And to me this is the real problem with body issues. A person will blame retouching because it's easy to, but the truth is a lot of the people in these ads just have incredible skin. They put in the work for that the same way they do for their bodies. It’s just part of the job. They’re there to best represent the product.
Now CVS hasn't released exactly what their new rules on retouching will be just yet.* Only that a watermark will be added to those that don't meet the requirement. But does that really do anything? Is that going to make a person feel any better about how they look? Let's get real, probably not.
*I’ve seen the ads CVS does for their beauty campaign. Now that it’s been over a year since it’s been announced and you can see their Instagram of everything here. The photos are still really good and it looks like they’re not really doing any Photoshop at all. Like even for fixing uneven lighting or anything like that. So that’s really cool. And they’re choosing models of all shapes and ethnicity which is really cool.
To be honest I think the problems with retouching have less to do with perfect skin, and more to do with representation of the sizes and color of woman in the photos.
15, 25 years ago, there was a certain model that was in all photos. They were incredibly thin and their skin was bright and usually overexposed to the point where you couldn't even tell if there were flaws.
That's changing. As society evolves, so is the representation of women of color and size. We're now seeing more and more healthier sized women and more models who aren't white women with (insert color here) hair. If you go to Sephora or the makeup aisle at CVS, you're not going to see the same woman on every rack anymore. You're going to see a more diverse crowd. Is it still perfect? Of course not, but it's something that will keep gradually getting better as we talk about it.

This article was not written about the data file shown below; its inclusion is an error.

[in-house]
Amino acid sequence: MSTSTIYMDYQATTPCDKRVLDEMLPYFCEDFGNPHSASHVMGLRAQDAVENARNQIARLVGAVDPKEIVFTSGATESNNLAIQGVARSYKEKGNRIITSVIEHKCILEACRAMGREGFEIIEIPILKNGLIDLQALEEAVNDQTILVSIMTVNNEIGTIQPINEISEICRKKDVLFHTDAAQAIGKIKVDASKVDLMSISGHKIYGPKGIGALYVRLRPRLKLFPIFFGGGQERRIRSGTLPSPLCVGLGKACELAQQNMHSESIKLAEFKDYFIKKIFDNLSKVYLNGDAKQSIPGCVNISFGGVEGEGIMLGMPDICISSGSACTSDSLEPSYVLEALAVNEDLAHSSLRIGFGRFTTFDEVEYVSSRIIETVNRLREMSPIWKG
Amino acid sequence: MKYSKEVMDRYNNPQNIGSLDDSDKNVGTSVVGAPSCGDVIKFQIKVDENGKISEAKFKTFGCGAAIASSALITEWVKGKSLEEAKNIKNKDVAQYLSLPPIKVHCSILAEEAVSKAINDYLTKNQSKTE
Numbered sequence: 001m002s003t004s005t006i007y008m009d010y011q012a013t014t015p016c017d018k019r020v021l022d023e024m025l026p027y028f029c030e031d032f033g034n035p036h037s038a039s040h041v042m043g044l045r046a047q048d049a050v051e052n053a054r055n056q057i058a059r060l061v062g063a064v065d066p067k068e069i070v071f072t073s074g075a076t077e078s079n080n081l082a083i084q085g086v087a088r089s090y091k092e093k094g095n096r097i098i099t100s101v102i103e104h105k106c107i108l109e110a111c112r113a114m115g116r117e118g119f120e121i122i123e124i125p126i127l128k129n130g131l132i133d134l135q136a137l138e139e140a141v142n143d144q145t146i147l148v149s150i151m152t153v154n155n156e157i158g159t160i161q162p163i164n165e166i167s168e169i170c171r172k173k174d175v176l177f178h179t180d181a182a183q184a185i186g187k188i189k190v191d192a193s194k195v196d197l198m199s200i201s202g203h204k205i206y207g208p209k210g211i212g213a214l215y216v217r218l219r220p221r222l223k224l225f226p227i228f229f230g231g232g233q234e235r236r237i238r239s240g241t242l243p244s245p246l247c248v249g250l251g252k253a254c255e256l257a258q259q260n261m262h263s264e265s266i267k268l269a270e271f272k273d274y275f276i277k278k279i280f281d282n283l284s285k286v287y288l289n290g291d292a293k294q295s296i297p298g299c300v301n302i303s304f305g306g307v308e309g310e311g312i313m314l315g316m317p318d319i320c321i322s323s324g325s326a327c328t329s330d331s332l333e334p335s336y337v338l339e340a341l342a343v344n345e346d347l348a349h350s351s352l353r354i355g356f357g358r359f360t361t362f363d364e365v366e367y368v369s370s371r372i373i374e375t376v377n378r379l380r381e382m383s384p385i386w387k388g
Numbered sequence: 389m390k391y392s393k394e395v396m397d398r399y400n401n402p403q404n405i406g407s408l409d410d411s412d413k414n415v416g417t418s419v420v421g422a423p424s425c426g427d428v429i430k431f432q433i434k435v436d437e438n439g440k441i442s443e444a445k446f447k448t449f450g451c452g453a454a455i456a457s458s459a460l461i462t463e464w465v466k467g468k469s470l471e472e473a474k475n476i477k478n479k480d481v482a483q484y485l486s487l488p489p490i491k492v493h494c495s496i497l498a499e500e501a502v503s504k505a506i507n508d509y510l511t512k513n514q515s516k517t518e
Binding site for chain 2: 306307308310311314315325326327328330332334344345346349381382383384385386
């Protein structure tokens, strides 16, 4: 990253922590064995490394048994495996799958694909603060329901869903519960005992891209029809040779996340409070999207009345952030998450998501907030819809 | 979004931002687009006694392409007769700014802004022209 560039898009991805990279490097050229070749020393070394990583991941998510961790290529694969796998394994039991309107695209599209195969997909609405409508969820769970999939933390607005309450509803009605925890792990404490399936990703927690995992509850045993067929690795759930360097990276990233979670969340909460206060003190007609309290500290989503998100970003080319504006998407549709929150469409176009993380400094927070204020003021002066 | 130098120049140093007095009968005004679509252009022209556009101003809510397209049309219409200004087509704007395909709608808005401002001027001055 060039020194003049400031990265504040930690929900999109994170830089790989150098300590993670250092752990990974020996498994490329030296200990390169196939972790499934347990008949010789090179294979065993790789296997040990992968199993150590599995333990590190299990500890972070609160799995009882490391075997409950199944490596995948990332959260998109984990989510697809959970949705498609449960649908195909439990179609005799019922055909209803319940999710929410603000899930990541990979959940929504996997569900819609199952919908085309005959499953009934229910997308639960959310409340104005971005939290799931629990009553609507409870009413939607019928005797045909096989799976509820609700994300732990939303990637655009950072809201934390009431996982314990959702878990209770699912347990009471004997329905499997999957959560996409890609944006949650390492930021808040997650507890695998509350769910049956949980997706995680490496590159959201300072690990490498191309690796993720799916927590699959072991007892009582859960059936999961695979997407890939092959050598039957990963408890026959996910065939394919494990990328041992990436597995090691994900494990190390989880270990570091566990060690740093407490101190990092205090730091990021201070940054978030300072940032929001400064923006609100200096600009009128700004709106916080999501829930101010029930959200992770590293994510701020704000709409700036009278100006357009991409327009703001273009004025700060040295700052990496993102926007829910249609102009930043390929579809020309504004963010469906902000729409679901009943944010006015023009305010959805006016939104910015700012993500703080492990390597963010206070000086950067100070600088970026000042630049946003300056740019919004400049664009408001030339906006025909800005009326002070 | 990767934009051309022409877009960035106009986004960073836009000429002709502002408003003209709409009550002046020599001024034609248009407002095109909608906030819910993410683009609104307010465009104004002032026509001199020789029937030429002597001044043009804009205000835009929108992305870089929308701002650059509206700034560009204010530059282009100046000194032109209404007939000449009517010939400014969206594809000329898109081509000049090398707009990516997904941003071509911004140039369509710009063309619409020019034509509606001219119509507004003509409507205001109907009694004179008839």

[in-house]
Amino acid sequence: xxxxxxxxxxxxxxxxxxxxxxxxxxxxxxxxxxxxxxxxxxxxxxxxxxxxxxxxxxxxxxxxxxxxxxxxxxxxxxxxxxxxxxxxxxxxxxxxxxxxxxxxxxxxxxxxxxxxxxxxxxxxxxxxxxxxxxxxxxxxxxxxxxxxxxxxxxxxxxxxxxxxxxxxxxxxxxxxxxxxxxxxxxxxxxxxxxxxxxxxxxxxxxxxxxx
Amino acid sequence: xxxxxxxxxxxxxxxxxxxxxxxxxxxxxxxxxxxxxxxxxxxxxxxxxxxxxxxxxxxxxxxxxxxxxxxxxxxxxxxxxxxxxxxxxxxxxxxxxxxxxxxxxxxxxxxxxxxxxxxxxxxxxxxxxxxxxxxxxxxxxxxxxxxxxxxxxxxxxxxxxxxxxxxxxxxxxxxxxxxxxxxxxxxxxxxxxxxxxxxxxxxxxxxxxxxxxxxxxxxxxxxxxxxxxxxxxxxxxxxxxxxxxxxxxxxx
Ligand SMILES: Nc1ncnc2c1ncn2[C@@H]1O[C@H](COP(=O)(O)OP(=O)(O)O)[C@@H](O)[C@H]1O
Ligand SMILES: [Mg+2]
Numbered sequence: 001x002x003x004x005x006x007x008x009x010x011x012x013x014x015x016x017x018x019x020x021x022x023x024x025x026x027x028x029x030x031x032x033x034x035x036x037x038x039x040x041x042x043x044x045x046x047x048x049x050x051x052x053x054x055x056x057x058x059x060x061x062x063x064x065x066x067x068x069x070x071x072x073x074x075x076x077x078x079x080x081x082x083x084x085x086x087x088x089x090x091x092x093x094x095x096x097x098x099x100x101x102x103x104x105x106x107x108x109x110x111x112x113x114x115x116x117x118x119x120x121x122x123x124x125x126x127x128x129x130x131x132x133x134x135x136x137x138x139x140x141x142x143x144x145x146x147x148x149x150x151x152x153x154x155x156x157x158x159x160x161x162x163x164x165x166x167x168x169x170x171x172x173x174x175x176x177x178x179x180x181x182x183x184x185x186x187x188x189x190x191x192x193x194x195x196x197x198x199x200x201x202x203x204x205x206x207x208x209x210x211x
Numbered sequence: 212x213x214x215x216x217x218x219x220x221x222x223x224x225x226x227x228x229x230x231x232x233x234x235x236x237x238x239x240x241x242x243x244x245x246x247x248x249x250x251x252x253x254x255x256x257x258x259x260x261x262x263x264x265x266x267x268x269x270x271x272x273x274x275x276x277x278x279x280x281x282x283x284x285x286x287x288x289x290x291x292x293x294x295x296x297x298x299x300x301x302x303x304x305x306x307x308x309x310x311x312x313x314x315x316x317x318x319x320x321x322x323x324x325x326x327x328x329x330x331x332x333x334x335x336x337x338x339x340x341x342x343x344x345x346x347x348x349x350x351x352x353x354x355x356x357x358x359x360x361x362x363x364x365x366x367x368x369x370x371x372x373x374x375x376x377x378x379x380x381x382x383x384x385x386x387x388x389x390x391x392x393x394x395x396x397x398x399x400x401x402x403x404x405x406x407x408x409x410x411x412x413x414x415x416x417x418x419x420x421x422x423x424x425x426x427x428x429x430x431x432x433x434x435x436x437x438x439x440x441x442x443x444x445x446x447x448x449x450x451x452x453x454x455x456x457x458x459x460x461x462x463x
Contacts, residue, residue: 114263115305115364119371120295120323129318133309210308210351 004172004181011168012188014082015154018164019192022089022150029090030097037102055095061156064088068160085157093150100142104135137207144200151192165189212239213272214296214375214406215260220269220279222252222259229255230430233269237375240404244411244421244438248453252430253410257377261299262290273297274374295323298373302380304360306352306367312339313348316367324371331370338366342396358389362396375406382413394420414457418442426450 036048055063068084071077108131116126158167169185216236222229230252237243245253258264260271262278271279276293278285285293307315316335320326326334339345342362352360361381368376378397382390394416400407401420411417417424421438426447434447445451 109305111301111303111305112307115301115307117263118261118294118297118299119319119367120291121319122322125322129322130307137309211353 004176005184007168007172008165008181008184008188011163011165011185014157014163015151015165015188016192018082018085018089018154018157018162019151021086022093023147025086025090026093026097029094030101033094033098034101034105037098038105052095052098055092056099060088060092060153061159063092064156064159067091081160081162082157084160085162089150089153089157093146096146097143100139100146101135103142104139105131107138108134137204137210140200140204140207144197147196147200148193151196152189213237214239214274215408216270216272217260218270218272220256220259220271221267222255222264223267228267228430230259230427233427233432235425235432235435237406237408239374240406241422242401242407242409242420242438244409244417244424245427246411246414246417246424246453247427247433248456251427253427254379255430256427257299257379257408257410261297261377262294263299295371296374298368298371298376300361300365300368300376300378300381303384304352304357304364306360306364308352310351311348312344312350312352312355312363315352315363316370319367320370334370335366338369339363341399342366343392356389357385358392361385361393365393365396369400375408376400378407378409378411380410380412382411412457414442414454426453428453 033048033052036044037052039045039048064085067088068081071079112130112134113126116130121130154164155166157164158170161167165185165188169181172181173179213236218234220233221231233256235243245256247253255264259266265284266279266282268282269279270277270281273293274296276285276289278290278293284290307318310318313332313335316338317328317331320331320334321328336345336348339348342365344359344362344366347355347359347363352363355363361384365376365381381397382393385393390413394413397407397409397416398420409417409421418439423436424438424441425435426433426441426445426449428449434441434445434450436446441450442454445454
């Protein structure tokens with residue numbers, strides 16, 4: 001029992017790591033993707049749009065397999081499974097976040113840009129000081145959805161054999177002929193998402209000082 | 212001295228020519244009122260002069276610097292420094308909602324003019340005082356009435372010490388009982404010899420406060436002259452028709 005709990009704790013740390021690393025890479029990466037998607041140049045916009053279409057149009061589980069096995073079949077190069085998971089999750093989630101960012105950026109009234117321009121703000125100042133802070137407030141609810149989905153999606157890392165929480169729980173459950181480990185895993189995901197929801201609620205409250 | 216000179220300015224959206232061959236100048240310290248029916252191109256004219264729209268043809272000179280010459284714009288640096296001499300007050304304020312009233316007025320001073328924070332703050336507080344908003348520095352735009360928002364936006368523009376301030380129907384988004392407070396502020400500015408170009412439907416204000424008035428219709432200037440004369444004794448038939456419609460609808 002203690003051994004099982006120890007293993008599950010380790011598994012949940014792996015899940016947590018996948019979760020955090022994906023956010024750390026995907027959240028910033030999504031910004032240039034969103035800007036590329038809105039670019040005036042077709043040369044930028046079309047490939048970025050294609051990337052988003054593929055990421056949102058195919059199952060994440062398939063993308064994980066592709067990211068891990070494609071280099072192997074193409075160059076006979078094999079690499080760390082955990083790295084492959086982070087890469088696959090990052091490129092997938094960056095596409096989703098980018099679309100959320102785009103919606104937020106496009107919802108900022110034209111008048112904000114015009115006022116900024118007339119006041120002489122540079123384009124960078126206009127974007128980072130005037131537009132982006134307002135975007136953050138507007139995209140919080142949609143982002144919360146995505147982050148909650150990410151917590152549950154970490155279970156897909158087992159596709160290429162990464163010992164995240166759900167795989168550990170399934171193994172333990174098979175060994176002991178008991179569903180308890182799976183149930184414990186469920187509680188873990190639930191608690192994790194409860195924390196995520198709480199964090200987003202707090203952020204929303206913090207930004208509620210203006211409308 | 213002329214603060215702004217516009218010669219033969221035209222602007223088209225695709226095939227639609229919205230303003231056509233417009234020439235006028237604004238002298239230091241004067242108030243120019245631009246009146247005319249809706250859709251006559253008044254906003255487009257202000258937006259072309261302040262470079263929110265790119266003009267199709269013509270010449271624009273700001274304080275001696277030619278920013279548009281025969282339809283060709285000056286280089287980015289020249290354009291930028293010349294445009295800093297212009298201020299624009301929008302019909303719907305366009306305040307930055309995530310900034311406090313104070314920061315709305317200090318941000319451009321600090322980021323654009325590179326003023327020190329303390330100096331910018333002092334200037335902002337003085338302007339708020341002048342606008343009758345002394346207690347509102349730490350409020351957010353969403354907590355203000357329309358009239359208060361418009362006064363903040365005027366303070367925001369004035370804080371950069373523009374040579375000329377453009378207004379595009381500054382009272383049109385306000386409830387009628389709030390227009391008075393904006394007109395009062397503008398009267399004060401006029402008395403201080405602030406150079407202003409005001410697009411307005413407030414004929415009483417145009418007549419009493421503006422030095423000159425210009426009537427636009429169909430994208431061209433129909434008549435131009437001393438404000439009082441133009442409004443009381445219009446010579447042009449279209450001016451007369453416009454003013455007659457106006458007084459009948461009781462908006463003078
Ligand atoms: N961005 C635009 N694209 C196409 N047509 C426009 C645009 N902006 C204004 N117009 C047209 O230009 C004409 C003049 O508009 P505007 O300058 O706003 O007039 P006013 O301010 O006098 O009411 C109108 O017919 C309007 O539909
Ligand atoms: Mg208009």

At the end of the day...
Retouching will never go away. All we can do is make sure the retouching we do is respectful to the subject and its viewers. As for the beauty industry, changing beauty standards in media by including more diverse groups helps make everyone feel like they’re beautiful and they matter. And that’s what really matters. Making people feel valid with inclusion is real. Look how happy people were when Fenty Beauty released 50 shades of their foundation. That kind of stuff matters and that is what the beauty industry should be looking to fix. More inclusion. Not more pimples on the models.